I don’t recall if Len was the Reaver that laid claim to Rick’s bed, or not, but I’d like to think he was. I’m sure they’ve all done some pretty nasty things, to have made it this far, but Len allowed himself to stand out; so schadenfreude to him (and no blanky).
The rest of ‘Us’ revolved around Glenn’s last leg sprint to find Maggie, which eventually prompted a break from the Ford (Michael Cudlitz) company. Tara (Alanna Masterson), with a guilt based sense of responsibility, elected to stay with Glenn; but might’ve regretted it some, when the pair found themselves in a last stand scenario, amidst the rubble of a partially collapsed railroad tunnel, since Glenn was determined to repay her commitment.
I’ll just take a moment to note that the zombies of The Walking Dead aren’t what they used to be. Yes, the zombie threat has been regulated to a backdrop; but I mean the zombies, themselves. I seem to recall when their sense of smell was a primary factor – even a critical plot point, a few times. Glenn’s shadow puppet trick, and all the hide & seek moments, in the woods, has rendered that sense of smell thing moot. Maybe they’ve degenerated to the point where shades, motion and loud noises are all they go on, but I’m still mindful of how those old plot points might’ve play out, for some of season 4.2’s close calls.
Dr. Eugene Porter (Josh McDermitt) is either a very well versed fraud, or a very eccentric genius, that may actually be worth the Ford co.’s trouble. His anti-social antics did pay off, this time around (besides the delightful visual of a dinosaur zombie apocalypse), reuniting team Glenn and Ford, by way of team Maggie. Oh, the catharsis.
If Maggie insisting on burning Glenn’s only picture of her wasn’t recklessly optimistic enough, the episode’s hope well took a gushing turn, as team Glenn-Maggie-Ford were the first to arrive at the now fabled Terminus.
Terminus had not only become a destination for the show’s surviving cast, it has become a destination for its viewers, as well. While the stakes may be… somewhat different, for the home audience, loyal viewers are no doubt invested in the validity of Terminus’ promise, and the fate that awaits “those who arrive.”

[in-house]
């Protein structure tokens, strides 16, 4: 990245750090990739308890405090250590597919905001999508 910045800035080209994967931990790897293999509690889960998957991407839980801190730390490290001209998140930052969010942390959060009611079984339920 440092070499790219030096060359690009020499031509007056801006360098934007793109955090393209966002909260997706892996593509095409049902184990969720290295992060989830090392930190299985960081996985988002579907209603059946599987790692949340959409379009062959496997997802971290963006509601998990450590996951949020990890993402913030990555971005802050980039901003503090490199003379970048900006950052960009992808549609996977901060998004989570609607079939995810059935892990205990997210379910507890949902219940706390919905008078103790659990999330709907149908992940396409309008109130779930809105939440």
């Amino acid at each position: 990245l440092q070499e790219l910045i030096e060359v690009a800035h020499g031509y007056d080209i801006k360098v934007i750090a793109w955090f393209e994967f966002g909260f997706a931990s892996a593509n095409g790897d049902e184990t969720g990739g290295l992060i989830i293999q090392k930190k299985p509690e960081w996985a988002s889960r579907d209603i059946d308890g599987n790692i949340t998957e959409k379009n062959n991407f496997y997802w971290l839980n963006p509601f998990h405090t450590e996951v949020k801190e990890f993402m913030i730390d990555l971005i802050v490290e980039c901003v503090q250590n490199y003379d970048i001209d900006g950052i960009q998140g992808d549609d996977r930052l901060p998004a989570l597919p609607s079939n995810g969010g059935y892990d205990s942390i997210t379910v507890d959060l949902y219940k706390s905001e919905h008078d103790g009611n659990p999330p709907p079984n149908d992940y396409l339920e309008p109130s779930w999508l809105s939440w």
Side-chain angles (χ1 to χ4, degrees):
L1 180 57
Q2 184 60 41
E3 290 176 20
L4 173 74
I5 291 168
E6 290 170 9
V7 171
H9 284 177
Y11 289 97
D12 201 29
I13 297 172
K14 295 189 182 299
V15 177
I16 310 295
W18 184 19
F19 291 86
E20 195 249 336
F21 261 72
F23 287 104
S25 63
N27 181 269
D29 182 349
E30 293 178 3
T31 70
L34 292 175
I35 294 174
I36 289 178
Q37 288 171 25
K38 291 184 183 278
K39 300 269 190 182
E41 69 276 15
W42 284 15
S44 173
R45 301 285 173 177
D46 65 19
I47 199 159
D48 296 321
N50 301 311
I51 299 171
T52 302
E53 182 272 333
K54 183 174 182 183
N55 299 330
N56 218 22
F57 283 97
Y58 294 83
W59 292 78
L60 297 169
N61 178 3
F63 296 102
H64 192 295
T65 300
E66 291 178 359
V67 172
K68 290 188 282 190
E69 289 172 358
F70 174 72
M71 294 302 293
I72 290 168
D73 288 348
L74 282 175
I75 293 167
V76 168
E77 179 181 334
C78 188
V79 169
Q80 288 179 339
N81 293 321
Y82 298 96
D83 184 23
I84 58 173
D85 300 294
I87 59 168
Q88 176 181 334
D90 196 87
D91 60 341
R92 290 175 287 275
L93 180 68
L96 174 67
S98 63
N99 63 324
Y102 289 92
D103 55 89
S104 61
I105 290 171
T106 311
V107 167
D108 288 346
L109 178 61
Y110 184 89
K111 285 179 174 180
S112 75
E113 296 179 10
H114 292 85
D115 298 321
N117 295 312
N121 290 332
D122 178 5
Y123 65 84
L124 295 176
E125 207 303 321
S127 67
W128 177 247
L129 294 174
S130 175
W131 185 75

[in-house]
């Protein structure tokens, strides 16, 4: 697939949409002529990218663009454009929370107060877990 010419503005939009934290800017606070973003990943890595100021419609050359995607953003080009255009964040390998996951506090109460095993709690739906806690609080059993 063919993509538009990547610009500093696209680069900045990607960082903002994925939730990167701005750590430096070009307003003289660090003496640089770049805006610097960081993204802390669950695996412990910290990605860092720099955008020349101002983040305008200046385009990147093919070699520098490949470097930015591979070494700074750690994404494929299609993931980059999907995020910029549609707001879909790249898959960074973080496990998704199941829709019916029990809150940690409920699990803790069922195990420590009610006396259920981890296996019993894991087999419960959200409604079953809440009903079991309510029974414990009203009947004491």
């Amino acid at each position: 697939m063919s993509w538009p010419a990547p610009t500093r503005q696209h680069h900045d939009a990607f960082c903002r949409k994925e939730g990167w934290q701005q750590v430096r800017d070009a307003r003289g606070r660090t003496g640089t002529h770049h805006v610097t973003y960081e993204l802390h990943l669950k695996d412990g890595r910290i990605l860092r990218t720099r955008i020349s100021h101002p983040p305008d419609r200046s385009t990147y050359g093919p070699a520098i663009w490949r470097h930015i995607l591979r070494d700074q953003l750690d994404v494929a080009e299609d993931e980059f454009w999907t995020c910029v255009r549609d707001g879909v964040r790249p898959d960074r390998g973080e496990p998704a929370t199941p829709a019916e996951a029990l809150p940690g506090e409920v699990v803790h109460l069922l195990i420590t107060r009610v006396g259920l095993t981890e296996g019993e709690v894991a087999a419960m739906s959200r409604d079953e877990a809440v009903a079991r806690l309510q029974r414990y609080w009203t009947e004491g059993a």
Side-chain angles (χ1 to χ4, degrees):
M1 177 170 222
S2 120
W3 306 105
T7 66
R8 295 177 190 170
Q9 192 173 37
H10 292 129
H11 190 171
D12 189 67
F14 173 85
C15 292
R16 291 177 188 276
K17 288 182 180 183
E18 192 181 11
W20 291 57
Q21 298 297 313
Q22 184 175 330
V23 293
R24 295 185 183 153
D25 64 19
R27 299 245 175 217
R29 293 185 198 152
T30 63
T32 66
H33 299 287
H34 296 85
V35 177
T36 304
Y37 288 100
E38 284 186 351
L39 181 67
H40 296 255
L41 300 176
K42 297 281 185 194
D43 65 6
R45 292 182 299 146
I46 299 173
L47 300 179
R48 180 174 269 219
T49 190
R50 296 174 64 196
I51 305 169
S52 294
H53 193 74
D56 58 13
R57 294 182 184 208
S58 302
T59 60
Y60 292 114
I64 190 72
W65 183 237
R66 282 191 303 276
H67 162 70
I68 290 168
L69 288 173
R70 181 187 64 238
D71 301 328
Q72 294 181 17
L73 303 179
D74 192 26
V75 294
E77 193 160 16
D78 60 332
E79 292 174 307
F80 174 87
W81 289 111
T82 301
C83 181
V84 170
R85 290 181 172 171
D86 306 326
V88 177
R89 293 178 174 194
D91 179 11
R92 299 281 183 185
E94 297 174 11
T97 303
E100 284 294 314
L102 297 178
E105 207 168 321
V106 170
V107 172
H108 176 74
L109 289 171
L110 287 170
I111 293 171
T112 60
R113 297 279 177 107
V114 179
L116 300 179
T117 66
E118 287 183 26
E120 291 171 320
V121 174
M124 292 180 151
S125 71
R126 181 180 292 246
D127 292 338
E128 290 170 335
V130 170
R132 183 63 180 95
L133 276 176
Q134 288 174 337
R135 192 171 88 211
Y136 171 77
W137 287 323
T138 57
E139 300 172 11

Terminus might have well been the Pearly Gates, to Glenn-Maggie-Ford & assoc.. It was serene, spacious, and inviting; complete with a “kiss the cook” rendition of St. Peter (Denise Crosby), with a warm smile, and hot food on the ready.
So where, on the Walking Dead dread-o-meter does this event fall? My inner Admiral Ackbar says it’s a trap.
There were no guards, no real lock, the path to the hostess reminded me of a box canyon, and never mind that the hostess seemed perfectly happy to cook with her back to the easy access entrance, alone and apparently unarmed, she was cooking. I mean, okay, I made a case that the Walker sense of smell no longer seems to play the role it used to; but given the level of attention the Walkers gave the prison, the complete lack of not just Walker evidence, but concern for it, has to mean a level of meticulous control to the entire area.
The kind of area control one applies to a baited trap.
Even if I am being too jaded, it would be kind of perverse to end the season with a juxtaposing of team Rick-Carl-Michonne, battling for their lives against the Reavers, while the rest wallow in down home comforts. Besides, with this episode, we’ve already been granted our breather, since ‘The Grove;’ so it falls upon the show to one-up it (and the prison fall), for the finale.
That outcome won’t likely come all peaceful-like, or without cost.